Wonderful news from the Boston Globe:
Today, the John D. and Catherine T. MacArthur Foundation will announce that [Jonathan] Shay, 65, has been selected as a 2007 MacArthur fellow "for his work in using literary parallels from Homer's 'Iliad' and 'Odyssey' to treat combat trauma suffered by Vietnam veterans."
"His work is important for delivering healthcare to all those who put their lives on the line in the service of our country," said Mark D. Fitzsimmons, associate director of the MacArthur Fellows Program. "It's fair to describe it as pertinent."
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In the interest of education, article quoted from extensively.
Shay grew up in the suburbs of Philadelphia, attended Harvard College and the University of Pennsylvania, and ran a laboratory at Massachusetts General Hospital, studying the biochemistry of brain cells and why they die so fast after a stroke.
Then, at the age of 40, Shay had a stroke. He went into a coma for several days and emerged temporarily paralyzed on the left side of his body. It took him a year to recover fully. While he was convalescing, Shay "decided to plug up the holes in my education" and read the English translations of the "Iliad" and the "Odyssey."
In 1987 Shay went to work for the Department of Veterans Affairs Outpatient Clinic in Boston, hoping to open a lab and restart his research career. In return, Shay, a psychiatrist, agreed to work as a counselor "at a very grimy, dilapidated day hospital on the top floor of a garage building on the edge of Chinatown here in Boston."
Almost immediately, psychiatry became the main focus of his work, and he soon found that the veterans he treated trusted him and responded to his counseling in ways he had not expected.
"The veterans simply kidnapped me," he said. "They saw something in me that I didn't see in myself, and they utterly redirected my life."
As he listened to the veterans during his sessions, he realized that the psychological trauma that haunted the veterans of the Vietnam War had also tormented the heroes of the Greek epics.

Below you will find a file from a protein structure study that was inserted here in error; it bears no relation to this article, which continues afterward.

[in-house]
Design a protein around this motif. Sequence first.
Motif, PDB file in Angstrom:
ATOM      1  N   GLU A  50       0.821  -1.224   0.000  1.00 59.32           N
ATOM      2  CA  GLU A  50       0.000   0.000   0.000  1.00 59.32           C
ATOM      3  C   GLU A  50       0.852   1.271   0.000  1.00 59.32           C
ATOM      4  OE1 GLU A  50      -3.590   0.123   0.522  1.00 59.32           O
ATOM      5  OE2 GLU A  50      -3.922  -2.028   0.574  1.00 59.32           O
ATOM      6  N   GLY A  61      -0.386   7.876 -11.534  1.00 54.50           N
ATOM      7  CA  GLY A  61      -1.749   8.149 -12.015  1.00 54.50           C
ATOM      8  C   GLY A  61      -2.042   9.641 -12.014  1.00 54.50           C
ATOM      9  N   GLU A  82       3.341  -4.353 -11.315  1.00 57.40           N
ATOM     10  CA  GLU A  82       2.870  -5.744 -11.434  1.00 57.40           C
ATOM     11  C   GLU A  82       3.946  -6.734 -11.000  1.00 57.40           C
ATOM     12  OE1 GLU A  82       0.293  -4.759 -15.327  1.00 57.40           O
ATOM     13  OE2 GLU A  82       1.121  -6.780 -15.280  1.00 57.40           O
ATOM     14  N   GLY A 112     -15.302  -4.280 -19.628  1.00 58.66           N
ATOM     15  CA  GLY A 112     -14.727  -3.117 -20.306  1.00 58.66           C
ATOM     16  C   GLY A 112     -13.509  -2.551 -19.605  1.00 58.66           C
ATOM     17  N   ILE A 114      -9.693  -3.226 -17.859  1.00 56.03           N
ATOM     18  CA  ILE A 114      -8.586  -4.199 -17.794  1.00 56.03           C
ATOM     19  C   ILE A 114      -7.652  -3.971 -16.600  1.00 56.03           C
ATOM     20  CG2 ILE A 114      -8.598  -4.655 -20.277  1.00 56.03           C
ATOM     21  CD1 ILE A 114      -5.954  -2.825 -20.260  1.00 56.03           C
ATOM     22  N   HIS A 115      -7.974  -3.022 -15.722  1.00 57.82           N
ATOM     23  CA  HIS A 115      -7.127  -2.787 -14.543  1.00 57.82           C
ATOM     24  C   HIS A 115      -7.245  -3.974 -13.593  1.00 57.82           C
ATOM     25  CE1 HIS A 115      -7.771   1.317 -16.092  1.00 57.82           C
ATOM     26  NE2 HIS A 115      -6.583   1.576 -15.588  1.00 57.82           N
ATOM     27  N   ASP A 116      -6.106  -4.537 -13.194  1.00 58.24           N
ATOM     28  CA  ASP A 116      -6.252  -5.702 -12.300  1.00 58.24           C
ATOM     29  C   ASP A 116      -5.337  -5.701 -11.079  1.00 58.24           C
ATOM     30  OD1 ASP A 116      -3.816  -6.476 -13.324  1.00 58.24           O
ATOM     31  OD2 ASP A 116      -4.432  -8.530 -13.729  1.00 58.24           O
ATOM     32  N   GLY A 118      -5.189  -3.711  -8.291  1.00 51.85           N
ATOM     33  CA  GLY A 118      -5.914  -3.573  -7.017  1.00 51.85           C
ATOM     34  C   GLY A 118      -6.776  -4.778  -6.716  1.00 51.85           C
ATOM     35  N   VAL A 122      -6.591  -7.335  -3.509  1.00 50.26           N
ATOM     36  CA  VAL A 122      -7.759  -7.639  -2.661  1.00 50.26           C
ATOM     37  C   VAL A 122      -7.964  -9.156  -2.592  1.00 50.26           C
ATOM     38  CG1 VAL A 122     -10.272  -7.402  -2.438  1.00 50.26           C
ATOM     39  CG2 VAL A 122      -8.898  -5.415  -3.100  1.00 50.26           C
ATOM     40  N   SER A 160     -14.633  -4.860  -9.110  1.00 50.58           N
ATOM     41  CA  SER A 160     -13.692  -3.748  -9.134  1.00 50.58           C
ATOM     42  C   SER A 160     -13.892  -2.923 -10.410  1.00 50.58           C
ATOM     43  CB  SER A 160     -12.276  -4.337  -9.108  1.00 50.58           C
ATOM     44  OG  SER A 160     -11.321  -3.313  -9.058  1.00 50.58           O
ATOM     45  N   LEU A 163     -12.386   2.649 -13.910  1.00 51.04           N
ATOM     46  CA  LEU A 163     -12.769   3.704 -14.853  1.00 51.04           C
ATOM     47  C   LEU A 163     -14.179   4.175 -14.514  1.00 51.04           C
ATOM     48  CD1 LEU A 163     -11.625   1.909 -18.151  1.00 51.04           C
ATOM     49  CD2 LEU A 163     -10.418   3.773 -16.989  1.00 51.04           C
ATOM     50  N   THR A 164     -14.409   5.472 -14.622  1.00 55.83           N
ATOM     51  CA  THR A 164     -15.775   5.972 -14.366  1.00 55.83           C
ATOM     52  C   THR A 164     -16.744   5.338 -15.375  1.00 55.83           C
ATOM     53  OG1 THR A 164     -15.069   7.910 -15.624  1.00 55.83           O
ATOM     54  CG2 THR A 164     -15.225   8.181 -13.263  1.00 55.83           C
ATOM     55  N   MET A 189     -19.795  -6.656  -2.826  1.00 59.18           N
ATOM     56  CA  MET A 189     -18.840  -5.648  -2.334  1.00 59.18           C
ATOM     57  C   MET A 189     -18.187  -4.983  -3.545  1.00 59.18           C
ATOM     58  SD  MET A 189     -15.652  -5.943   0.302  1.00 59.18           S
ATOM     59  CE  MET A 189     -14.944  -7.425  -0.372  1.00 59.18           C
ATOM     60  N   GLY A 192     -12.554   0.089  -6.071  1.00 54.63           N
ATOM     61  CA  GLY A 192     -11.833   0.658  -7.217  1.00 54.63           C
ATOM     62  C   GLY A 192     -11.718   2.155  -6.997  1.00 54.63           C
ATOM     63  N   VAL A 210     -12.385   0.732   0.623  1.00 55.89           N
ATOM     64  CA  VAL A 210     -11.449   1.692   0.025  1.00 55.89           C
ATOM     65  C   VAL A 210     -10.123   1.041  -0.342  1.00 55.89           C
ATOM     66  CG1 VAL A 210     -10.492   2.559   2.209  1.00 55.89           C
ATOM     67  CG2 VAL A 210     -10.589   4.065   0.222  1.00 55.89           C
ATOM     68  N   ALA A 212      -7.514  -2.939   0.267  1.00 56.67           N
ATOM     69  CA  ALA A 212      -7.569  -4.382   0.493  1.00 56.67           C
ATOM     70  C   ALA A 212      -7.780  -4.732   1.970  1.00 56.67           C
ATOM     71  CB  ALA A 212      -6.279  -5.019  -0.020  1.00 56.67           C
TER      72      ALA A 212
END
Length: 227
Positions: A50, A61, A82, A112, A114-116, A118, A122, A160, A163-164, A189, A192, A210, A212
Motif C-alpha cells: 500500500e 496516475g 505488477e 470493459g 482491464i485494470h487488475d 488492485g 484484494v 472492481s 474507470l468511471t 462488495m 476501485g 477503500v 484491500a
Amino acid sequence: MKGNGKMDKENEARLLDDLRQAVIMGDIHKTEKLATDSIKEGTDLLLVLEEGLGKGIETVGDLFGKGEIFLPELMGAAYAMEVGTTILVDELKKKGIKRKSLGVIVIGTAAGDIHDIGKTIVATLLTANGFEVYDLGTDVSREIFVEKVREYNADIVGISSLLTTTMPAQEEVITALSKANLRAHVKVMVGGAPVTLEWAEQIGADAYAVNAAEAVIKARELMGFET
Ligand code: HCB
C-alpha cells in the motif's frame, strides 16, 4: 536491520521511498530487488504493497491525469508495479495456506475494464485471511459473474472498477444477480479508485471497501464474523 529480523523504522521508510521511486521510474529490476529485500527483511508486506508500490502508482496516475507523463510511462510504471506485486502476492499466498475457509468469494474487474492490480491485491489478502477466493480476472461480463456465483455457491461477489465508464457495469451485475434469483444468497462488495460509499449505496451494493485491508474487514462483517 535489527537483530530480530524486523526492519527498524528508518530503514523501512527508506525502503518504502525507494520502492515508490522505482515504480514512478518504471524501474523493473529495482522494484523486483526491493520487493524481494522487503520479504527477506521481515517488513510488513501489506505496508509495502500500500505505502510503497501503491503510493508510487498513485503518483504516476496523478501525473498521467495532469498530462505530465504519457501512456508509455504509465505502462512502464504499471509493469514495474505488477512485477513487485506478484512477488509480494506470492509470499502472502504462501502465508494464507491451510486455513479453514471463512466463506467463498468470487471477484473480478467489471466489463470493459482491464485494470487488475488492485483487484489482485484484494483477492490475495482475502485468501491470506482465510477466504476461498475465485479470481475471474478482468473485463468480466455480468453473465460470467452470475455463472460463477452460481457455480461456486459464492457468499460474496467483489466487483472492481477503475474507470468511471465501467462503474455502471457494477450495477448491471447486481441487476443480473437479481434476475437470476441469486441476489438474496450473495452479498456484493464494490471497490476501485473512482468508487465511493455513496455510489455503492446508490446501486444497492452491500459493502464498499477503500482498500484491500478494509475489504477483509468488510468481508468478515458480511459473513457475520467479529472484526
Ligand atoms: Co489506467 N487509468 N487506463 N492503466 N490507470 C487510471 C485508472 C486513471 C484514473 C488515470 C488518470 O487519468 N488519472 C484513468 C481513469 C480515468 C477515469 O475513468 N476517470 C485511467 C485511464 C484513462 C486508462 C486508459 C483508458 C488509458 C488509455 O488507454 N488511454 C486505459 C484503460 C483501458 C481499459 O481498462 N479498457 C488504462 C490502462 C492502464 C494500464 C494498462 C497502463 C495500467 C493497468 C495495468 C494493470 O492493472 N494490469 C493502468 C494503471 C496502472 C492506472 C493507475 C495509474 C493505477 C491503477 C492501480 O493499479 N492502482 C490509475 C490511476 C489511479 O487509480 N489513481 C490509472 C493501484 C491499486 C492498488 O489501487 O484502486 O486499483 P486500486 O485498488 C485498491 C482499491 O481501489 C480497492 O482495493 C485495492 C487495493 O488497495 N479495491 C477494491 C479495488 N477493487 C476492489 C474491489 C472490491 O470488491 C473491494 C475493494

Springing from that realization are two unique volumes:
Soon, Shay began to work on his first book, "Achilles in Vietnam: Combat Trauma and the Undoing of Character." In the book, he interspersed the story of Achilles with examples of his patients' losses and contentious relationships with their commanders in Vietnam to illustrate some of the causes of the troops' psychological wounds.
In "Odysseus in America: Combat Trauma and the Trials of Homecoming," published in 2002, Shay draws parallels between the perilous, 10-year journey home of Odysseus from the Trojan War and the psychological odyssey of veterans returning to civilian life.
Like the hero of the "Odyssey," whom Shay depicts as conniving and explosively violent as he travels the world battling monsters, veterans of contemporary wars are often danger-seekers.
As I did my research for "Moving a Nation to Care," I was moved by both of Shay's books (especially found "Achilles" to be influential, along with one of his lectures, "Ethics, Leadership, Policy -- Not Separate Spheres.") I'm not alone in saying that his works are essential reading for anyone attempting to better understand combat PTSD.
Shay's books are "a wonderful resource for both clinicians and vets and their loved ones," said Keith Armstrong, a San Francisco psychiatrist and one of the authors of "Courage After Fire," a guide book on coping with trauma for troops who are returning from Iraq and Afghanistan and for their families.
Shay wants to study how to improve the way the military treats the troops and their needs at a center he hopes to open at the John F. Kennedy School of Government at Harvard.
Much deserved congratulations, Dr. Shay!